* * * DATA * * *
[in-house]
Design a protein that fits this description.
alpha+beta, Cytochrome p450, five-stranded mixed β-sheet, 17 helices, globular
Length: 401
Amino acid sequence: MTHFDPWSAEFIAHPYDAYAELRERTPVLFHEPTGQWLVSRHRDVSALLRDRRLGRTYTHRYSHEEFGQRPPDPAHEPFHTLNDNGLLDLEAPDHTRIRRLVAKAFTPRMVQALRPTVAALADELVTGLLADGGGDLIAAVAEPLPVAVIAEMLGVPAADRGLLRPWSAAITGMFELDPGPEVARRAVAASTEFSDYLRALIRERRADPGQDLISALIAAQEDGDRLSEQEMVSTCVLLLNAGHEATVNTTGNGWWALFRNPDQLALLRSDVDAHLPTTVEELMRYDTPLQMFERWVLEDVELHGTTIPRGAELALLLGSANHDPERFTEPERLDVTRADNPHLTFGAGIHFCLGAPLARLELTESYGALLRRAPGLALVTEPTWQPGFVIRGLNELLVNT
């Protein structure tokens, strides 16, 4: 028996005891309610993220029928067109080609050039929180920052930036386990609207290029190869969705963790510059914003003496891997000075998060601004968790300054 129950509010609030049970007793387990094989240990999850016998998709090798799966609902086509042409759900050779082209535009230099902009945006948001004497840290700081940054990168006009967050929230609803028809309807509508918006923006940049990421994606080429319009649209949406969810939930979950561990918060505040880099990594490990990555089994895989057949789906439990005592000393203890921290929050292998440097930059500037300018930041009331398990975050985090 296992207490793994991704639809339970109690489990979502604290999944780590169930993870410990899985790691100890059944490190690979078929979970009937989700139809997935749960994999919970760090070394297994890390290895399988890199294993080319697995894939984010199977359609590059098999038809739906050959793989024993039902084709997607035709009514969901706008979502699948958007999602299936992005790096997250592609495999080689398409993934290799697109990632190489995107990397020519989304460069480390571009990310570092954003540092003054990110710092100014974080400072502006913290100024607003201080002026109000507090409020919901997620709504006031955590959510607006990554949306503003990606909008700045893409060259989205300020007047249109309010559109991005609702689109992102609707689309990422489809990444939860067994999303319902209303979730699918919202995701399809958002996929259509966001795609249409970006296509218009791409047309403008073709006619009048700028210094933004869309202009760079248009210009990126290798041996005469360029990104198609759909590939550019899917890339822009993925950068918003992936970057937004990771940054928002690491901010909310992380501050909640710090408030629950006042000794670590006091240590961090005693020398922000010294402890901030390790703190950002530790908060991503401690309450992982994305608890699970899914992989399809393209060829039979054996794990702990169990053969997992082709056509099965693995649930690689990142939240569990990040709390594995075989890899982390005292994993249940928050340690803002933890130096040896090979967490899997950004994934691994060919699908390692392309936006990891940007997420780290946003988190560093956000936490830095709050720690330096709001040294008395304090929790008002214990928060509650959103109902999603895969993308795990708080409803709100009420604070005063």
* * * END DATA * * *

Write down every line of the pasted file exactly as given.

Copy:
[in-house]
Design a protein that fits this description.
alpha+beta, Cytochrome p450, five-stranded mixed β-sheet, 17 helices, globular
Length: 401
Amino acid sequence: MTHFDPWSAEFIAHPYDAYAELRERTPVLFHEPTGQWLVSRHRDVSALLRDRRLGRTYTHRYSHEEFGQRPPDPAHEPFHTLNDNGLLDLEAPDHTRIRRLVAKAFTPRMVQALRPTVAALADELVTGLLADGGGDLIAAVAEPLPVAVIAEMLGVPAADRGLLRPWSAAITGMFELDPGPEVARRAVAASTEFSDYLRALIRERRADPGQDLISALIAAQEDGDRLSEQEMVSTCVLLLNAGHEATVNTTGNGWWALFRNPDQLALLRSDVDAHLPTTVEELMRYDTPLQMFERWVLEDVELHGTTIPRGAELALLLGSANHDPERFTEPERLDVTRADNPHLTFGAGIHFCLGAPLARLELTESYGALLRRAPGLALVTEPTWQPGFVIRGLNELLVNT
């Protein structure tokens, strides 16, 4: 028996005891309610993220029928067109080609050039929180920052930036386990609207290029190869969705963790510059914003003496891997000075998060601004968790300054 129950509010609030049970007793387990094989240990999850016998998709090798799966609902086509042409759900050779082209535009230099902009945006948001004497840290700081940054990168006009967050929230609803028809309807509508918006923006940049990421994606080429319009649209949406969810939930979950561990918060505040880099990594490990990555089994895989057949789906439990005592000393203890921290929050292998440097930059500037300018930041009331398990975050985090 296992207490793994991704639809339970109690489990979502604290999944780590169930993870410990899985790691100890059944490190690979078929979970009937989700139809997935749960994999919970760090070394297994890390290895399988890199294993080319697995894939984010199977359609590059098999038809739906050959793989024993039902084709997607035709009514969901706008979502699948958007999602299936992005790096997250592609495999080689398409993934290799697109990632190489995107990397020519989304460069480390571009990310570092954003540092003054990110710092100014974080400072502006913290100024607003201080002026109000507090409020919901997620709504006031955590959510607006990554949306503003990606909008700045893409060259989205300020007047249109309010559109991005609702689109992102609707689309990422489809990444939860067994999303319902209303979730699918919202995701399809958002996929259509966001795609249409970006296509218009791409047309403008073709006619009048700028210094933004869309202009760079248009210009990126290798041996005469360029990104198609759909590939550019899917890339822009993925950068918003992936970057937004990771940054928002690491901010909310992380501050909640710090408030629950006042000794670590006091240590961090005693020398922000010294402890901030390790703190950002530790908060991503401690309450992982994305608890699970899914992989399809393209060829039979054996794990702990169990053969997992082709056509099965693995649930690689990142939240569990990040709390594995075989890899982390005292994993249940928050340690803002933890130096040896090979967490899997950004994934691994060919699908390692392309936006990891940007997420780290946003988190560093956000936490830095709050720690330096709001040294008395304090929790008002214990928060509650959103109902999603895969993308795990708080409803709100009420604070005063």